Traditional Korean beverages roughly fall into two categories: alcoholic and nonalcoholic.
While this may be indicative of Korea’s long-standing love affair with alcohol, there are close to 200 types of traditional teas, juices, and grain drinks associated with the latter group, known as eumcheongnyu (음청류).
Winnowing that list down to 20 drinks required many tasting panels and difficult decisions, but nevertheless, here is our list of the top 20 most interesting and delicious Korean drinks:
1. Bokbunja ju (복분자주)
Bokbunja, is a blackberry native to the Korea Peninsula. The wine is the color of oxblood, and its sweet, berry flavor is reminiscent more of dessert wine than a red wine.
The drink has traditionally been associated with male virility, and it wasn’t until 2008 that a team of South Korean scientists confirmed that the berry increased testosterone levels and sperm counts in mice. Talk about an aphrodisiac.
2. Banana Milk (바나나우유)
For many Koreans, banana milk conjures up memories of childhood. And if you try it, you’ll understand why: it’s simple, sugary – and totally addictive.
The most popular brand, Binggrae, has cultivated a loyal following since it hit the shelves in 1974, a time when bananas were a luxury food.
3. Soju (소주)
As the ubiquity of these glittering green bottles in virtually every eating and drinking establishment should tell you: soju is Korea’s national liquor. For a nation of lushes, soju provides a cheap and effective way to get hammered.
The two major soju brands that dominate the Seoul market are Chamisul (참이슬) and Chum Churum (처음 처럼). The taste resembles that of slightly sweet, watered-down vodka – sort of like sugar dissolved in rubbing alcohol.
But don’t judge soju solely by those brands. Regional brands outside Seoul offer interesting, and even delicious sojus. Andong soju, despite its higher alcohol content, is hand-crafted and has a clean, subtle character that is more akin to sake than other sojus.
4. Omija tea (오미자차)
Omija means “five-flavor berry” because you can supposedly taste five flavors – sweet, sour, salty, bitter and spicy – in the berry. In Korea, the berry is normally turned into a tea that can be consumed by itself or mixed with honey, flower petals, mung bean powder, and other things to create a variety of different Korean punches called hwachae (화채).
Omija is also used as a flavoring for makgeolli. For everyday use, the tea is supposed to be good for colds or other respiratory illnesses, but in terms of traditional medicine, omija is supposed to restore your liver.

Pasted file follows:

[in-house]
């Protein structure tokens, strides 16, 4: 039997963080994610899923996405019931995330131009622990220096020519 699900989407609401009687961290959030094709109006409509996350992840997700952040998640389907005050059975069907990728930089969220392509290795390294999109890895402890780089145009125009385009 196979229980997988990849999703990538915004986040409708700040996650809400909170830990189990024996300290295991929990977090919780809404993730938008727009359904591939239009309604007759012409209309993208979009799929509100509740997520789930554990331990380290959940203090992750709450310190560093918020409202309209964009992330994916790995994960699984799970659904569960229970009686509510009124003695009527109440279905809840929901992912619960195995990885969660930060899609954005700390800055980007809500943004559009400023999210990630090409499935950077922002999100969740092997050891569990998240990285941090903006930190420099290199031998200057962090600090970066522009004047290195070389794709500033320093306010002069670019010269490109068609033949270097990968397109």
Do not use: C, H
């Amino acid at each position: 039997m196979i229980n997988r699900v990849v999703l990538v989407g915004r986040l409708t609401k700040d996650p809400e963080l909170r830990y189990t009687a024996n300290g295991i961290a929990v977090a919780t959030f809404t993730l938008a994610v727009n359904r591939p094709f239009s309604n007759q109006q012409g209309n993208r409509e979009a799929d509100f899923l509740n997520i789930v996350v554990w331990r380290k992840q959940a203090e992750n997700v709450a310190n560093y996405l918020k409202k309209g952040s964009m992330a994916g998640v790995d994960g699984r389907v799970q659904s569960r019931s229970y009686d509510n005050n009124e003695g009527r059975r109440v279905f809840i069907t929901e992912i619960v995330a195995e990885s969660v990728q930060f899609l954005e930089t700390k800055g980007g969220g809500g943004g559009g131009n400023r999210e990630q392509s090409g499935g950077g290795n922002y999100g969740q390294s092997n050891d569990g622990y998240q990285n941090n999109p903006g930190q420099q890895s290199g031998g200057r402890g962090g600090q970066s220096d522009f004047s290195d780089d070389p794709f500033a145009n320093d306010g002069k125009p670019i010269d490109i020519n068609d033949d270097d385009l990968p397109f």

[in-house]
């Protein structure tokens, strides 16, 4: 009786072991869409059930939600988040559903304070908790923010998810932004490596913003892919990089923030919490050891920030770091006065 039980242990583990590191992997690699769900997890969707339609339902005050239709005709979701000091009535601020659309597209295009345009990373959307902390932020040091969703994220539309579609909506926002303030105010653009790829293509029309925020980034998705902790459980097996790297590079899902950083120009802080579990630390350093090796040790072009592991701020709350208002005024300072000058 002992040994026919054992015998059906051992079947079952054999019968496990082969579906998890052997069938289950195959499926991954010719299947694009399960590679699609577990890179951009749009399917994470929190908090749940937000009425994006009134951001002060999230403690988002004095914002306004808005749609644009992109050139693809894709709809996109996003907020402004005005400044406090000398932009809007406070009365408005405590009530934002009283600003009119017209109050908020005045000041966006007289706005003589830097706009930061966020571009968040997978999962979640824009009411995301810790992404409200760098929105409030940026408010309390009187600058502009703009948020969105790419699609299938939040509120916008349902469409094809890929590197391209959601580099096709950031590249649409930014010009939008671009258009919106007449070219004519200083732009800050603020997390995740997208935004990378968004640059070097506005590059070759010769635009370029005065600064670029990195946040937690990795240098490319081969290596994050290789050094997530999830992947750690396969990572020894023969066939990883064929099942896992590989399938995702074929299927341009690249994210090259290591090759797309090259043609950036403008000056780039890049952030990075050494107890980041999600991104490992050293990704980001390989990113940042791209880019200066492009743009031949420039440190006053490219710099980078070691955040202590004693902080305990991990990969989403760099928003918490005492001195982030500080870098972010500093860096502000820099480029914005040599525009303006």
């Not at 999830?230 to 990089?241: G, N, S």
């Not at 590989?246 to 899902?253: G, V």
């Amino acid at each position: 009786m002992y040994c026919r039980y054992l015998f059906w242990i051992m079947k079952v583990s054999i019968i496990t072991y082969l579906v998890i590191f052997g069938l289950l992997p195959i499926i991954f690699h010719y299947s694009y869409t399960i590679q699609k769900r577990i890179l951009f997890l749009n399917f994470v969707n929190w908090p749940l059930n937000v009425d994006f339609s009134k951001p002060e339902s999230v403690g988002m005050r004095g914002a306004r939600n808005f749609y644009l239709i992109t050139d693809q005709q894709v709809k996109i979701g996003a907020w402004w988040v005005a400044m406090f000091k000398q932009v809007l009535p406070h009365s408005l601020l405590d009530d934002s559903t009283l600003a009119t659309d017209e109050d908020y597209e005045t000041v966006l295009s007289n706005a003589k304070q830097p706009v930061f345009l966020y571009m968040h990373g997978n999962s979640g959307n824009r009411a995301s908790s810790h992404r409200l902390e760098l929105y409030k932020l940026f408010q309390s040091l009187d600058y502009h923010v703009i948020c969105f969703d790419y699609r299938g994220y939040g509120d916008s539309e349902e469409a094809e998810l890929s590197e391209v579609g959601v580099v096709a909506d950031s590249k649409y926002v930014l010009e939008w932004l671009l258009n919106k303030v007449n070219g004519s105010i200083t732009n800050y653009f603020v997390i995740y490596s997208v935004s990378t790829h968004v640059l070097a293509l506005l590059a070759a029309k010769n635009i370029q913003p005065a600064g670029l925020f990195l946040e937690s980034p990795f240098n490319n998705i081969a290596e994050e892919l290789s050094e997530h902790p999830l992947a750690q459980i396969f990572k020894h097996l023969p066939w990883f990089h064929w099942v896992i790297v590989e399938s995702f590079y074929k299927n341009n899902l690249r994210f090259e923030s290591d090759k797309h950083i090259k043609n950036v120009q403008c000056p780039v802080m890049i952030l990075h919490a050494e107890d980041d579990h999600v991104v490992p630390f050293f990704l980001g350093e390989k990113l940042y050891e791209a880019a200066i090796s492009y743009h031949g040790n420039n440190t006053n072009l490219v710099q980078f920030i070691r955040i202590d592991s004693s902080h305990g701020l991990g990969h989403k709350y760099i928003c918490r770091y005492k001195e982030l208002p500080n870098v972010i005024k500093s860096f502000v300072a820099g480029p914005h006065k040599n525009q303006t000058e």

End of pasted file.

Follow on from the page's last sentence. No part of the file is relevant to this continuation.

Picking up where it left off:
5. Makgeolli (막걸리)
Makgeolli is the oldest alcohol in Korea. Unlike soju or other clear alcohols, it is unfiltered, giving a milky white color with some sediment at the bottom. It is sweet and smooth, with a little tang and the right amount of carbonation to make it refreshing.
Recently makgeolli has made a comeback with younger generations as a fruit cocktail, a drink made with Chilsung Cider (Korea’s version of Sprite), and other incarnations. Makgeolli is best though, when it is made by hand from pure ingredients – meaning, rice. Enjoy it with pajeon (파전) a savory pancake or bindaetteok (빈대떡), a mung bean pancake.
Wolhyang (월향) in Hongdae makes its own organic brown rice makgeoli that stands at 15% alcohol, but tastes better than the cheap stuff.
6. Cheongju (청주)
Need a break from soju? Try ordering a bottle of cheongju, literally meaning “clear liquor” – the most popular (and readily available) brand being Chung Ha. Rice liquors like Cheongju have been fermented multiple times, giving them a pure and sweet taste. Chungha costs a bit more than soju, but it’s worth the price if you think soju tastes like rocket fuel.
7. Baekseju 백세주
Feeling a little old-fashioned? Have your dinner with Baekseju, a herbaceous yellow wine made from rice and a number of different roots and herbs, the most prominent being ginseng. Depending on the brand, there will be a host of other aromatics like wolfberry and licorice.
Older ajussis tend to fancy this drink because it comes with the promise that drinking baekseju will help you live to be 100 years old — thus the name, “100-year liquor.”
8. Citron tea (유자차)
Citron, more commonly referred to as yuzu, has become a popular ingredient on the menus of fancy restaurants in the United States. The fruit itself looks like a large tangerine, but has a tart flavor that places it more closely to grapefruit. As with the green plum, maesil, Koreans preserve thin slices of citron in honey or sugar.
A jar of citron honey – also available at the grocery store – is a go-to herbal remedy for colds and other winter ailments. Just drop a tablespoon of the syrup in some hot water and you have citron tea.
9. Chrysanthemum tea (국화차)
The white and yellow flowers of the chrysanthemum plant are dried and then steeped in honey for about a month, and then brewed as a tea. The tea is a visual stunner, with the chrysanthemum flowers expanding like bright balloons in the water.
As you might expect from a tea made from flower petals, the tea has a delicate, flowery taste with a sweetness that can be brought out with a spoonful of sugar. It is said that chrysanthemum tea can help you fight a cold during the winter months, and also ease high blood pressure.
10. Daechu tea (dried jujube tea) 대추차
Daechu, or dried jujubes, will pop up when you least expect them: inside a chicken, in slices on top of rice cakes, and yes, in a tea. You can make a tea either from a paste, which lasts for a long time, or make a fresh batch by boiling dried jujubes.